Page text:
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Richard Graff leads a group with a cross to be placed at the crash site of a B-17 bomber that was shot down during World War II in Kusel, Germany. Graff, 74, witnessed the aircraft crash that killed three crew members in the wooded area in 1944.

Richard Graff leads a group with a cross to be placed at the crash site of a B-17 bomber that was shot down during World War II in Kusel, Germany. Graff, 74, witnessed the aircraft crash that killed three crew members in the wooded area in 1944. (Ben Bloker / S&S)

Richard Graff leads a group with a cross to be placed at the crash site of a B-17 bomber that was shot down during World War II in Kusel, Germany. Graff, 74, witnessed the aircraft crash that killed three crew members in the wooded area in 1944.

Richard Graff leads a group with a cross to be placed at the crash site of a B-17 bomber that was shot down during World War II in Kusel, Germany. Graff, 74, witnessed the aircraft crash that killed three crew members in the wooded area in 1944. (Ben Bloker / S&S)

A picture of Anthony Burroughs, along with a photo of his B-17 crew, at the foot of a cross Wednesday at the crash site.

A picture of Anthony Burroughs, along with a photo of his B-17 crew, at the foot of a cross Wednesday at the crash site. (Ben Bloker / S&S)

Richard Graff, Jan Loftis and Uwe Binkel, left to right, in front of a cross placed at the crash site. Loftis' uncle, Anthony Burroughs, was one of three crew members who died in the crash.

Richard Graff, Jan Loftis and Uwe Binkel, left to right, in front of a cross placed at the crash site. Loftis' uncle, Anthony Burroughs, was one of three crew members who died in the crash. (Ben Bloker / S&S)

Jan Loftis, the niece of Anthony Burroughs, receives a drawing of her uncle's B-17 bomber from a local artist.

Jan Loftis, the niece of Anthony Burroughs, receives a drawing of her uncle's B-17 bomber from a local artist. (Ben Bloker / S&S)

Jan Loftis holds a handle thought to be from her uncle's parachute.

Jan Loftis holds a handle thought to be from her uncle's parachute. (Ben Bloker / S&S)

KUSEL, Germany — Only dirt still marks where a U.S. B-17 bomber crashed during World War II, killing three of its nine crewmembers.

On Aug. 9, 1944, the plane slammed into a patch of woodland in Kusel. The subsequent conflagration scorched the nearby trees and shrubs. That fire left behind one of the few remnants of the crash almost 65 years ago.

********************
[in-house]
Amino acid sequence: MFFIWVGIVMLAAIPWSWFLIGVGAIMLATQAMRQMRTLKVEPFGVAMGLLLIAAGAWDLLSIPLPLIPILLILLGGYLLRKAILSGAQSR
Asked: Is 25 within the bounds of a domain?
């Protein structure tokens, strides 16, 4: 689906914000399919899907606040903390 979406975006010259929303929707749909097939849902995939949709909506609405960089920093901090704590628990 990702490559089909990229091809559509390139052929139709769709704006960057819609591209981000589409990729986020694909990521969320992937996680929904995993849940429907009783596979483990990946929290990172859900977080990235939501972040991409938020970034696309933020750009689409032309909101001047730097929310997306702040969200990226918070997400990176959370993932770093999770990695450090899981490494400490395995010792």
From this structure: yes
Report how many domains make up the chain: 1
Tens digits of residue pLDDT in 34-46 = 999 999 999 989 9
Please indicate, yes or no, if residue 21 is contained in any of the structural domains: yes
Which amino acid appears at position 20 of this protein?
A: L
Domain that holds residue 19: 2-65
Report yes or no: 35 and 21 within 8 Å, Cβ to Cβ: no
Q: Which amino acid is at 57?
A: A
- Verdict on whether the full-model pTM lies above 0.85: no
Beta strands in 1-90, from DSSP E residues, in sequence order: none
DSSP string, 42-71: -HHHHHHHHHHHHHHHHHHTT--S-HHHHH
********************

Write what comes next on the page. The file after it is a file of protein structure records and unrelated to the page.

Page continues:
"If you dig here, the soil turns black," said Klaus Zimmer, one of the men who discovered the crash site.

On Wednesday, a cross was struck into the ground, commemorating the lives of Anthony Burroughs, John F. Faulkner and Sterling W. Bristol, the plane’s pilot. A wreath was placed at the foot of the cross by Burroughs’ niece, Jan Loftis. Tears streaked her face as she said a few prayers for an uncle whom she had never known. Loftis, from Augusta, Ga., was born two years after Burroughs, the tail gunner in the plane, died. He was 22.

"It was hard to walk up that hill," Loftis said. "But I can let go now. This is the funeral that we never had the chance to have."

Uwe Benkel, director of a group that searches for information about missing warplanes, said bringing Loftis to the crash site was a highlight for his organization, which has marked 400 crashes, recovered 110 airplanes and returned the remains of 31 missing servicemembers.

"We want to find out what really happened and tell the people," Benkel said. "It’s like you’re reading a book, but the last page is missing."

Richard Graff, 74, of Kusel, a community south of Baumholder, helped fill in the blank pages for Loftis. He was just 10 years old when he heard anti-aircraft fire strike the plane, which was returning to an air base in England after its mission was cancelled due to bad weather. As the plane fell to the ground, flames and smoke spewed from it, Graff said. The plane then split into three pieces as it plunged into the woodlands. Graff dashed after one of the wings. It was ablaze.

"It smelled of smoke and burnt rubber," he said.

Soon officials arrived at the scene, and handed Graff a shovel to throw sand on the flames.

"The pilot was totally burned," he said. "Two other dead bodies were lying in the woods. They were the first American soldiers I ever saw in uniform."

One of the dead was Burroughs. He had bailed out and was, most likely, clinging to his parachute when burning plane fragments rained down on him. The shards severed his leg and cut his chute’s chords.

During the memorial ceremony, Benkel gave Loftis a blackened buckle. He believes it was part of Burroughs’ chute.

"It’s spooky," Loftis said, "to think this might be the last thing he ever touched."

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